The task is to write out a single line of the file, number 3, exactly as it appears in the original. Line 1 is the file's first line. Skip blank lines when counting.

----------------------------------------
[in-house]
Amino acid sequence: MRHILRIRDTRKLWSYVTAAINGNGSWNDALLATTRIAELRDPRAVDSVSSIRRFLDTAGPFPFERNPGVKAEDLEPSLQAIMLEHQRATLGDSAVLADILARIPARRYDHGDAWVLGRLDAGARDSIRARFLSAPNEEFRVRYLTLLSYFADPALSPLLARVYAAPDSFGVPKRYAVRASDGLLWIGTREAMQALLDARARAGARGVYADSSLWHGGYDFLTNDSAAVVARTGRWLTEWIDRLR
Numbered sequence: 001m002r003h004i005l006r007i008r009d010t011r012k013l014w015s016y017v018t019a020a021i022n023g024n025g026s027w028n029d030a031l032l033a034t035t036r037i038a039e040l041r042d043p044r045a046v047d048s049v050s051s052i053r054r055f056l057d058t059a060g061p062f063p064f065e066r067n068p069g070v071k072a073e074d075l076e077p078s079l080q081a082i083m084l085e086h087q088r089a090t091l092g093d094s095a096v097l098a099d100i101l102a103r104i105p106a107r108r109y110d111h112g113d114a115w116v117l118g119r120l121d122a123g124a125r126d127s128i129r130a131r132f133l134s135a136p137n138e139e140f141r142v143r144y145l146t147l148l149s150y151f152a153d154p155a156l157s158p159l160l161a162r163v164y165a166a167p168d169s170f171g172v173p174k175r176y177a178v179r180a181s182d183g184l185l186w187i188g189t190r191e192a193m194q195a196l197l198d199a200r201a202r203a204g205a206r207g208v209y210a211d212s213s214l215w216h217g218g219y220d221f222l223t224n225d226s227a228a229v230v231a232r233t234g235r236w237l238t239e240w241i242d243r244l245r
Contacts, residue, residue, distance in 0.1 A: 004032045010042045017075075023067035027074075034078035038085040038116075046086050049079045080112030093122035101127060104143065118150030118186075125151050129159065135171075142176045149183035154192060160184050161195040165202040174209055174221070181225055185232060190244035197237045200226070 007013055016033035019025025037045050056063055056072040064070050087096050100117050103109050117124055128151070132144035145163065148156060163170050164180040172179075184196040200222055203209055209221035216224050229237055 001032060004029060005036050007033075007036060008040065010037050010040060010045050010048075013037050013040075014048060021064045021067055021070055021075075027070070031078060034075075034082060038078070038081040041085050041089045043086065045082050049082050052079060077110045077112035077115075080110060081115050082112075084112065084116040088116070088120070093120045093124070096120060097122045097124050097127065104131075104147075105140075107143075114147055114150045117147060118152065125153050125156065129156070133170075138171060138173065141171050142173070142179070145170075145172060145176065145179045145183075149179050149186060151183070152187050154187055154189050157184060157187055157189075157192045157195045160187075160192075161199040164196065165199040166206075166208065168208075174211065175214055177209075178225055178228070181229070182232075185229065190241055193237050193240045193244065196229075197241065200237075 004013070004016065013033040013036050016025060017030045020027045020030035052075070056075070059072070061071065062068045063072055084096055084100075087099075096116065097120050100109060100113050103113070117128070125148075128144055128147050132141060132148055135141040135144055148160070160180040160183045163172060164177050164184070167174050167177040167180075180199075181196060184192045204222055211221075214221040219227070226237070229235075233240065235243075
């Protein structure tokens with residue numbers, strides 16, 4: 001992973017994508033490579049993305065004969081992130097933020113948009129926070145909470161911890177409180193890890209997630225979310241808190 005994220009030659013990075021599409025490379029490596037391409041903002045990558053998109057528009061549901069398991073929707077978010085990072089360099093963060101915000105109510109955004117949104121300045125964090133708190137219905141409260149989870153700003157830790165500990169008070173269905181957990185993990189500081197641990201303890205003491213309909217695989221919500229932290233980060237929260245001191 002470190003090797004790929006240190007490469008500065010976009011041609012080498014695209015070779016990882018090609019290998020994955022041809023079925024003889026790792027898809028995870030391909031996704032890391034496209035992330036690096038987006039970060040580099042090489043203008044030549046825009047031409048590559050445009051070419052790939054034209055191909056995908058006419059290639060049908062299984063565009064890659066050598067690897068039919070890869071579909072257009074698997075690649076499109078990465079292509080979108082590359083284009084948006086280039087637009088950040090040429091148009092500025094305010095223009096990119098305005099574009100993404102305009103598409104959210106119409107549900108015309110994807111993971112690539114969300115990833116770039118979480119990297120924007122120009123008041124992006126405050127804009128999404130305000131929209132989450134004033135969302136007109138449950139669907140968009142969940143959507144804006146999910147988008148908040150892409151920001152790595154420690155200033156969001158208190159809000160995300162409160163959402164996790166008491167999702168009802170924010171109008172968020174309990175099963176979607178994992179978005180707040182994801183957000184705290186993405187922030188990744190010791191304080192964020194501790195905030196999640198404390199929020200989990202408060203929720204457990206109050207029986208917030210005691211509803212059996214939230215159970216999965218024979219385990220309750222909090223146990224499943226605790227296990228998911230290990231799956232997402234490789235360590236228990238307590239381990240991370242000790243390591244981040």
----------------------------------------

Numbered sequence: 001m002r003h004i005l006r007i008r009d010t011r012k013l014w015s016y017v018t019a020a021i022n023g024n025g026s027w028n029d030a031l032l033a034t035t036r037i038a039e040l041r042d043p044r045a046v047d048s049v050s051s052i053r054r055f056l057d058t059a060g061p062f063p064f065e066r067n068p069g070v071k072a073e074d075l076e077p078s079l080q081a082i083m084l085e086h087q088r089a090t091l092g093d094s095a096v097l098a099d100i101l102a103r104i105p106a107r108r109y110d111h112g113d114a115w116v117l118g119r120l121d122a123g124a125r126d127s128i129r130a131r132f133l134s135a136p137n138e139e140f141r142v143r144y145l146t147l148l149s150y151f152a153d154p155a156l157s158p159l160l161a162r163v164y165a166a167p168d169s170f171g172v173p174k175r176y177a178v179r180a181s182d183g184l185l186w187i188g189t190r191e192a193m194q195a196l197l198d199a200r201a202r203a204g205a206r207g208v209y210a211d212s213s214l215w216h217g218g219y220d221f222l223t224n225d226s227a228a229v230v231a232r233t234g235r236w237l238t239e240w241i242d243r244l245r